XBLIG Review: Ultimate Dodgeball – dodge, duck, dip, dive and dodge


Ultimate Dodgeball by K-Dog Games is a dodgeball simulator that excels at a multiplayer experience and still provides a good single-player one.


Most kids love dodgeball in gym class. Dodgeball is a game unlike most. In basketball, only ten people are on the court at any given time; volleyball has 12 and football 22. In dodgeball every person in a gym class can theoretically be on the court at once, and the game is at its best when the numbers reach upwards of 20 people.

Ultimate Dodgeball does not have availability for 20+ players, but does allow two four-player,teams to duke it out on the court, and the more human players you have, the better the experience, however, only four non-AI individuals can play at any given time. Even though upon release Dodgeball had some multiplayer issues, the problems appear to be fixed and the multiplayer modes work wonderfully. Dodgeball also has the option to play against the game’s AI, but those characters are sometimes wonky and not really the best option.


The game plays vaguely similar to flash dodgeball games with a few tweaks here and there. Beyond throwing, dodging and catching the ball, the player can throw a fast dodgeball that is uncatchable for the opponent. The fast ball talks much longer to throw, a fact that leaves you exposed for a counter attack, but they are also a tad more difficult to avoid as well. The fast balls have various styles as well that can be used at certain times to achieve the most success.

The game’s controls respond very well, albeit they are a tad frustrating at times.  The button to catch the ball is the same as to dodge it. The dodge/ catch maneuvers take a while to get accustomed to, and on more than one occasion you will try to do one and, in actuality, do the other. This is not detrimental to the game, just somewhat annoying at first. The more you play and dodge/ catch, the more you get the feel for it.

Dodgeball has several game modes: tournament, death match and elimination. Tournament pits a four-player team against eight other ones to win the tournament. Death match assigns a point system for each hit and catch where the team with the most points after time expires wins. Elimination, on the other hand, is a larger team of players, but only a certain amount are on the court at a given time. It sort of treats the characters like lives, so when you run out, the game is over. In each game mode, the winner is decided after a team wins a determined number of rounds. So, you could have a bad round, yet still win the game if you do well on the other ones.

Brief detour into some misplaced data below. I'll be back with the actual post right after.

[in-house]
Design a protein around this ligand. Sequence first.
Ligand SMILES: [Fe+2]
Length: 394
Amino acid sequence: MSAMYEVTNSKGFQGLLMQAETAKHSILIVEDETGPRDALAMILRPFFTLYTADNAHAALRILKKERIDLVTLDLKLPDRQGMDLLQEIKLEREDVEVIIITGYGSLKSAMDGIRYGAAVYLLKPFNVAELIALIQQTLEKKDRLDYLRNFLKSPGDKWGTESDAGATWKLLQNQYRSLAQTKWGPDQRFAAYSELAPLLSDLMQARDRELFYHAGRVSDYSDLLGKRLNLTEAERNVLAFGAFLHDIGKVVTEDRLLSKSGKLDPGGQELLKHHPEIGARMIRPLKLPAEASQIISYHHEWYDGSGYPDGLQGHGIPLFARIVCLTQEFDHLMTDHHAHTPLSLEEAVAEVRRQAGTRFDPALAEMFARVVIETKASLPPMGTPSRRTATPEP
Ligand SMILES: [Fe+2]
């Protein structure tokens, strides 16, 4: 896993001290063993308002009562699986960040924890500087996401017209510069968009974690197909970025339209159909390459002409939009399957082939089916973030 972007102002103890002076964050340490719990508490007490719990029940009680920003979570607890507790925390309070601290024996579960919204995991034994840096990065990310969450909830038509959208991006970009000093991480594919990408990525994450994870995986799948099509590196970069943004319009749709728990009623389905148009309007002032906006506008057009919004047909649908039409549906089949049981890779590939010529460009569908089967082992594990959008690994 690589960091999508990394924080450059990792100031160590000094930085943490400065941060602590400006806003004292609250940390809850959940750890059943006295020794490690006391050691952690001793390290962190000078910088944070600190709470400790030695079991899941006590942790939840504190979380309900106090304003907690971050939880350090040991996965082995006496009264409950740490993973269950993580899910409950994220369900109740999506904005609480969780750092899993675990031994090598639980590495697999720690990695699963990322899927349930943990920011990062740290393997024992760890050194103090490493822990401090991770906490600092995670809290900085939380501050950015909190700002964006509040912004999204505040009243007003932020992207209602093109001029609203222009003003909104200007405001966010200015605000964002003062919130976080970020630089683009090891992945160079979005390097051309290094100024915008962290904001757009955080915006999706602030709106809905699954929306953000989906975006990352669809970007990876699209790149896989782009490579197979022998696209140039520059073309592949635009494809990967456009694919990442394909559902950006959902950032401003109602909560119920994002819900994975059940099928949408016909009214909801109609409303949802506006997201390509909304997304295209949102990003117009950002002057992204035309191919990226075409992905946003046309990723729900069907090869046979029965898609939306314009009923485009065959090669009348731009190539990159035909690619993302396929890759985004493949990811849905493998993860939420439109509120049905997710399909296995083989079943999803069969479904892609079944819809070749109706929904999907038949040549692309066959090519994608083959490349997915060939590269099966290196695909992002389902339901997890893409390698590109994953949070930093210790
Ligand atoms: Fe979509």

The AI is sometimes a tad sporadic as often opposing players and even AI teammates just stand around for extended periods of time. If you fail to switch between characters regularly, the lulling teammates are likely to be easily picked off and cost you a point. The same is to be said of the opposing AI as well, since they are sometimes preoccupied with standing, you can sometimes catch them snoozing. The AI is Ultimate Dodgeball’s Achilles’ heel; however, the multiplayer experience is incredibly fun.


While the AI in the game is something to be desired, I personally had some fun playing against the opposing team when my team only had one player left. It was akin to a last man standing and allowed me to focus on playing without the distraction of terrible teammates. If K-Dog Games decides to make another update, a dedicated mode would help spruce up the single-player experience, because sometimes it’s hard to find three other people to play with, and not everyone can access online multiplayer if they don’t have an Xbox Gold subscription.

Additionally, since Dodgeball has Xbox avatar support, the game draws in Xbox avatars from your friends list. So, the game provides some interesting moments when you clock your friend’s avatar in the face, an instance that clearly provides comic relief when the character passes out on the floor.

Overall, the multiplayer aspect of Ultimate Dodgeball with its fixes covers up any blemishes the single-player AI may have. It is a simple game, but it manages to mix the nostalgia of dodgeball in grade school with the competitive nature of a multiplayer atmosphere. Add in the tournament mode, and Dodgeball becomes one of the better multiplayer games on the Xbox Indie market.


Final Rating:  8/10

CBR Break Down:
Console Played On:  Xbox 360
Time to completion:
Achievements:  N/A
Price Bought at:  A code was provided by K-Dog Games
Current Price:  80 Microsoft Points ($1)
Recommend Purchase Price:  80 Microsoft Points
Why you should buy it: If you liked dodgeball as a kid, or want a fun multiplayer experience that does not involve guns or killing people.
Why you shouldn’t buy it:  If you hate dodgeball.


About Steve Lesniewski

Steve lives in Chicago and recently graduated from the University of Illinois. He has been fascinated with video games since his ninth birthday when he received a Gameboy Color and Pokemon Blue. He loves following sports and cheers win or lose for the Bears, Bulls and the Fighting Illini, who include the 2012 men’s gymnastic national champs as well as the 2011 women’s volleyball national runner-up.